Potential restorationEdit

In June 2021, Senator Jon Tester of Montana added an amendment to the Surface Transportation Investment Act of 2021 which would require the Department of Transportation (not Amtrak itself) to evaluate the restoration of discontinued long-distance routes such as the National Limited.[4] The bill passed the Senate Commerce Committee with bipartisan support,[5][6] and was later rolled into President Biden's Bipartisan Infrastructure Deal, which is still under consideration by Congress.[7]

ReferencesEdit

  1. ^ a b Schafer, Mike (1991). All Aboard Amtrak. Piscataway, NJ: Railpace Publishing.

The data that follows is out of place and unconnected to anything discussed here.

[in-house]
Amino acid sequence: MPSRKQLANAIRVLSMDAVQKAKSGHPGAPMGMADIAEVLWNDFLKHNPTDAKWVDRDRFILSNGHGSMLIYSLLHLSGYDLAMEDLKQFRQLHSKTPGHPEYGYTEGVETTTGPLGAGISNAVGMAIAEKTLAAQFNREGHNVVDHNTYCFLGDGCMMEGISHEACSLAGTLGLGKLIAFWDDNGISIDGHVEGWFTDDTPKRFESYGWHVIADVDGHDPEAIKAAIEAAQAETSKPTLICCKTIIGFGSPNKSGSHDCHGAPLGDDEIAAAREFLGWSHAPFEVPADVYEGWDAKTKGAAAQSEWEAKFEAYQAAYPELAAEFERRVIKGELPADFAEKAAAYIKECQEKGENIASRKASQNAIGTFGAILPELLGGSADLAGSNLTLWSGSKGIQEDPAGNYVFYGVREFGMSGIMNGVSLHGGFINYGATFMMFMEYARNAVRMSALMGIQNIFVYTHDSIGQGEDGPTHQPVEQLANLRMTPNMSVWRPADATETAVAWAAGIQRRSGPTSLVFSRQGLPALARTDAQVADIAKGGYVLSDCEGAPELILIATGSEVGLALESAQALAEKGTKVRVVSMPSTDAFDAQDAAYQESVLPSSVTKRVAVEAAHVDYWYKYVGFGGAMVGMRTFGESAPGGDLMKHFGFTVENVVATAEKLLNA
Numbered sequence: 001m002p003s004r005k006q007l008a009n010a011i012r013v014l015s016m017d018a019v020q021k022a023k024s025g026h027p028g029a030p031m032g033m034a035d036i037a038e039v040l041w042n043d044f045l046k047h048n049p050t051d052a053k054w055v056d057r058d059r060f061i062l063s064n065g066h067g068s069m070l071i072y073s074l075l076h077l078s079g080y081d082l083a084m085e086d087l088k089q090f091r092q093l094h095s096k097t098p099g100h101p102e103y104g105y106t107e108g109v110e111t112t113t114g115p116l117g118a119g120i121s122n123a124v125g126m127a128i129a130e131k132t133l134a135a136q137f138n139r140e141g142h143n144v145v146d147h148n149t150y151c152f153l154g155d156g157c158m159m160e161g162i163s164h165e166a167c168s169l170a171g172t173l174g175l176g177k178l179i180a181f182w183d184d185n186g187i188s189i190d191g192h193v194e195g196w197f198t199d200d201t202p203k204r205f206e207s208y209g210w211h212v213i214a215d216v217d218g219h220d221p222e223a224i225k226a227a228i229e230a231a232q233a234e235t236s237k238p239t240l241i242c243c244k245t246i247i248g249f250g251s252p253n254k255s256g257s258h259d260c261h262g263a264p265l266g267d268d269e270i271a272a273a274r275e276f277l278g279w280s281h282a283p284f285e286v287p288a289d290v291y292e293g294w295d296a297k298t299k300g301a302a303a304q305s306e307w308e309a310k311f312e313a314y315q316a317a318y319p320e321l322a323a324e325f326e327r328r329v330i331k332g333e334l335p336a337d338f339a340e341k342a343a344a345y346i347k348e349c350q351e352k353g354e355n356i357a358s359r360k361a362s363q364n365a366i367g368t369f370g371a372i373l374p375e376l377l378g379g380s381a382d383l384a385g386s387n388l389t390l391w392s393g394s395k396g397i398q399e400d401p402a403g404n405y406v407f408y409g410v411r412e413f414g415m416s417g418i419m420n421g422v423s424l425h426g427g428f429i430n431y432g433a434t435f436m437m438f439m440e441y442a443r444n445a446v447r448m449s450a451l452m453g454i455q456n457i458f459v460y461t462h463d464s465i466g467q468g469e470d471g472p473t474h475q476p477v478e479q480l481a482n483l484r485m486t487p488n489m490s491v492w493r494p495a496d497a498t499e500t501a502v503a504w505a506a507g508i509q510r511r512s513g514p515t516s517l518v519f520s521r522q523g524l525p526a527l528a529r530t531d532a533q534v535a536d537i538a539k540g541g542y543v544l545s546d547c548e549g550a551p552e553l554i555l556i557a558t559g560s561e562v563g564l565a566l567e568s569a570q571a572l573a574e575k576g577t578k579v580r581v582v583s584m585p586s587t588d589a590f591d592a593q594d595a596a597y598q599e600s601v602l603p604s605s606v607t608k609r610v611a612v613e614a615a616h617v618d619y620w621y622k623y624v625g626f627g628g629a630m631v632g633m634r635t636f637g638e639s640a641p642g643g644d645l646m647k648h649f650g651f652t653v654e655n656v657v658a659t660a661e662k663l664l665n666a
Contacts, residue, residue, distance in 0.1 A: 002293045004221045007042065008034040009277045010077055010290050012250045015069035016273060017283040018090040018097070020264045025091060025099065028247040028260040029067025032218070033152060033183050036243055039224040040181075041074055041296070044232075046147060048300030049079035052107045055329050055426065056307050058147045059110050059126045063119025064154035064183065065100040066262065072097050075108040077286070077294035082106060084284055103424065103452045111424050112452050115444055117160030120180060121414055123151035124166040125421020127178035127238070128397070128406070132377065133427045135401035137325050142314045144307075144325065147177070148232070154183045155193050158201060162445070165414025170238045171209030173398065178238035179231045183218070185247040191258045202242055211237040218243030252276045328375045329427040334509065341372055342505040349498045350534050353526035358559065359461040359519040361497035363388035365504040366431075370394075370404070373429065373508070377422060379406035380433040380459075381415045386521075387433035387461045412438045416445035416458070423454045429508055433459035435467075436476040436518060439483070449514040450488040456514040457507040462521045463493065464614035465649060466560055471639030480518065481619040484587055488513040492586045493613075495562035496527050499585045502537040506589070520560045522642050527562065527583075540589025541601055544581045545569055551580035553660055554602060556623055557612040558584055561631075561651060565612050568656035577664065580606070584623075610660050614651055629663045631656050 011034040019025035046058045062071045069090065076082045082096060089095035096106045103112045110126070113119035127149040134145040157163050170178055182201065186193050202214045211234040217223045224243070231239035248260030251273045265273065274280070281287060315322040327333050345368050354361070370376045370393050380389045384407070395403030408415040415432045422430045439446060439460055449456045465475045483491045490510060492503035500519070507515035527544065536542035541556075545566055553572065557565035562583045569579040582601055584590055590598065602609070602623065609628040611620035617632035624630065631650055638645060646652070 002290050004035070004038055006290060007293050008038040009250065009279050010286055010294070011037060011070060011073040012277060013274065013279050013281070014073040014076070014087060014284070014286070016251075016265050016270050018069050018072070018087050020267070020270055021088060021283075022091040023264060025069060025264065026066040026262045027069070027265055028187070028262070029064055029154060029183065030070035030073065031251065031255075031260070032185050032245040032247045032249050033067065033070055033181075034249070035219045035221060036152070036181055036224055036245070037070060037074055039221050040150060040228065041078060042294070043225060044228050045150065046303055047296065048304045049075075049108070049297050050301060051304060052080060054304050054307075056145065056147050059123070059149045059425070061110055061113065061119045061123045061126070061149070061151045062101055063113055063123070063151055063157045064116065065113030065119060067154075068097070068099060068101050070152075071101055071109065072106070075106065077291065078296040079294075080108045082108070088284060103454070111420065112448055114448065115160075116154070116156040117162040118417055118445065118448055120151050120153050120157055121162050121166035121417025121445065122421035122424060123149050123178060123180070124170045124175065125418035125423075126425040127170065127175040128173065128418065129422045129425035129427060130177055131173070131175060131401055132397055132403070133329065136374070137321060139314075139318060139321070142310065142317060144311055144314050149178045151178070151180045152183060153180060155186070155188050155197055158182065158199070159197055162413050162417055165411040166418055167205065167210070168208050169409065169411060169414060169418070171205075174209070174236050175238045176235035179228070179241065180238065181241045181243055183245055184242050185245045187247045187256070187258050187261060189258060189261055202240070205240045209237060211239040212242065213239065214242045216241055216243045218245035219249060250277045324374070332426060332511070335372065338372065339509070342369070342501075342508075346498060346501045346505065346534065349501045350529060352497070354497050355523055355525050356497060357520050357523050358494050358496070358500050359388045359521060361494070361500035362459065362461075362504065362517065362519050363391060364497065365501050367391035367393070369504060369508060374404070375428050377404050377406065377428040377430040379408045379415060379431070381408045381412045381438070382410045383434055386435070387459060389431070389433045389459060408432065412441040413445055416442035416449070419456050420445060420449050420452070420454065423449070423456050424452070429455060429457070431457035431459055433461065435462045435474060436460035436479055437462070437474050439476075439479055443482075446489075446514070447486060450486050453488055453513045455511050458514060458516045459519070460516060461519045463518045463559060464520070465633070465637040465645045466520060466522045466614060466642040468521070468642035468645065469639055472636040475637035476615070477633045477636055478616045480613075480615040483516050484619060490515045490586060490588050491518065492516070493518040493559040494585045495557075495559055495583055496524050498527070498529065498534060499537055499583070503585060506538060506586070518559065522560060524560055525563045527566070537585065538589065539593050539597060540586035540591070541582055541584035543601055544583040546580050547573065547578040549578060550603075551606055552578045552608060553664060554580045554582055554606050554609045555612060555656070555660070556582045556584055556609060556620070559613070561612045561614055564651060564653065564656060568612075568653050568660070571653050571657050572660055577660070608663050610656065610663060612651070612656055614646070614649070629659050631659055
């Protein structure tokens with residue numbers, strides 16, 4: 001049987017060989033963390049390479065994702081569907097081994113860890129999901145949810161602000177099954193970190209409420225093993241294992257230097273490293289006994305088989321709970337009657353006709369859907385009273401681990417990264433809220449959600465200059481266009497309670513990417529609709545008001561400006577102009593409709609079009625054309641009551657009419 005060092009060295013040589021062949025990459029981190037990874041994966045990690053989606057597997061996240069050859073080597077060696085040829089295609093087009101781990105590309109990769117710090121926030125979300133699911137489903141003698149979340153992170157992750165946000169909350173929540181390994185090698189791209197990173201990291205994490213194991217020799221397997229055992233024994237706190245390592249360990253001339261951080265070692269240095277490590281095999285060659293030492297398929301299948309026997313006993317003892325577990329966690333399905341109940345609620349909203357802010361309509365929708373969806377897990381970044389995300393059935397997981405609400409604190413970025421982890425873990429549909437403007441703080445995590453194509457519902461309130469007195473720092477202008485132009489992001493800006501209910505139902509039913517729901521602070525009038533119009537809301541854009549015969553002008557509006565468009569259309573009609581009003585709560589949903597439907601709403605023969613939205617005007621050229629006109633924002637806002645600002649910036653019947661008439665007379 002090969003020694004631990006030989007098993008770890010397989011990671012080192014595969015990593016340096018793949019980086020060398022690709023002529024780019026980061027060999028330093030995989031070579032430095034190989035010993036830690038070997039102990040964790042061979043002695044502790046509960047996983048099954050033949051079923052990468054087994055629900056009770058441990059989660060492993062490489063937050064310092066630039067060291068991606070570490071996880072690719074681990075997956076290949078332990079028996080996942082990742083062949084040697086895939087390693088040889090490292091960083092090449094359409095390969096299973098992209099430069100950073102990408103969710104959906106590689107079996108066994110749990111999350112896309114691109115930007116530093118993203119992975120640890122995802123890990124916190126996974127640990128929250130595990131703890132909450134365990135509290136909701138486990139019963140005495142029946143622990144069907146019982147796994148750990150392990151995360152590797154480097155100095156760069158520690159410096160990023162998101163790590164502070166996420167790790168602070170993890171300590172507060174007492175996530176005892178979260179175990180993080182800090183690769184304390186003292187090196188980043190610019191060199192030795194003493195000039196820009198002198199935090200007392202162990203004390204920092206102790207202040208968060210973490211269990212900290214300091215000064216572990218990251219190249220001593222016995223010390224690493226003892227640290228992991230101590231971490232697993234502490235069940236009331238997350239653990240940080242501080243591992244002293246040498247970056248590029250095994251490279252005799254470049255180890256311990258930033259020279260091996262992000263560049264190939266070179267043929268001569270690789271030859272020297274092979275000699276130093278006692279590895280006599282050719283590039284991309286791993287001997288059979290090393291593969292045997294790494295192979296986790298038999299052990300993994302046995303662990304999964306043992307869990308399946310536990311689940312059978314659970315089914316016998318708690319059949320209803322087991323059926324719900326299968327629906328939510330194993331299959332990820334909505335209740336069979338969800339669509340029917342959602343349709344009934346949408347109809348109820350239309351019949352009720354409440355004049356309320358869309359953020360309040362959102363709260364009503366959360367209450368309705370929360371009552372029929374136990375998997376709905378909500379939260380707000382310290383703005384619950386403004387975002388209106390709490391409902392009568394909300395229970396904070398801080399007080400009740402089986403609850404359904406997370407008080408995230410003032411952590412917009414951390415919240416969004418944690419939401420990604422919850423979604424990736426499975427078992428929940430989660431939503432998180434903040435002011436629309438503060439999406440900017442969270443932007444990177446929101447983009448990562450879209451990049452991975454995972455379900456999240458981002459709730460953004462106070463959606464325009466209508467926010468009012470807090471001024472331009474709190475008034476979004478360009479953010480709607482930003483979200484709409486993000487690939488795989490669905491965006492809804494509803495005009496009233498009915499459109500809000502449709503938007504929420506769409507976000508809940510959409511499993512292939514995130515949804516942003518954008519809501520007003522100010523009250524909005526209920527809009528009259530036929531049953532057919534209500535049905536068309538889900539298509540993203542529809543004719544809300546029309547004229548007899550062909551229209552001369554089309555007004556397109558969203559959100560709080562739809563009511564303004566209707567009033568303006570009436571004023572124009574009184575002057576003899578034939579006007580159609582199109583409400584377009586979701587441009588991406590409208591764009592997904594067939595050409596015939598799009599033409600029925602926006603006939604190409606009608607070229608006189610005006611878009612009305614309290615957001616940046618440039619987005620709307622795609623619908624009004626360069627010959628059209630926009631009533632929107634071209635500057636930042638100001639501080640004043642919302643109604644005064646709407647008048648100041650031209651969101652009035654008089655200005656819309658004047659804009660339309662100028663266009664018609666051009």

2. ^ a b Sanders, Craig (2006). Amtrak in the Heartland. Bloomington, Indiana: Indiana University Press. ISBN 978-0-253-34705-3.
  3. ^ Ernest Holsendolph, New York Times, August 30, 1979, "Amtrak Eliminates 6 Passenger Routes Totalling 6,000 Miles," https://www.nytimes.com/1979/08/30/archives/amtrak-eliminates-6-passenger-routes-totaling-5000-miles-trims-made.html
  4. ^ Kidston, Martin (23 June 2021). "Montana's passenger rail authority poised for boost from Tester transportation amendment". Missoula Current. Retrieved 27 July 2021.
  5. ^ "Key Policy Victories in Senate Rail Title". www.railpassengers.org. Rail Passengers Association. 16 June 2021. Retrieved 27 July 2021.
  6. ^ Luczak, Marybeth (17 June 2021). "Senate Commerce Committee's Bipartisan $78B Surface Transportation Bill Advances". Railway Age. Retrieved 27 July 2021.
  7. ^ "What's in the Senate's Bipartisan Infrastructure Bill?". www.railpassengers.org. Rail Passengers Association. 4 August 2021. Retrieved 9 August 2021.

External linksEdit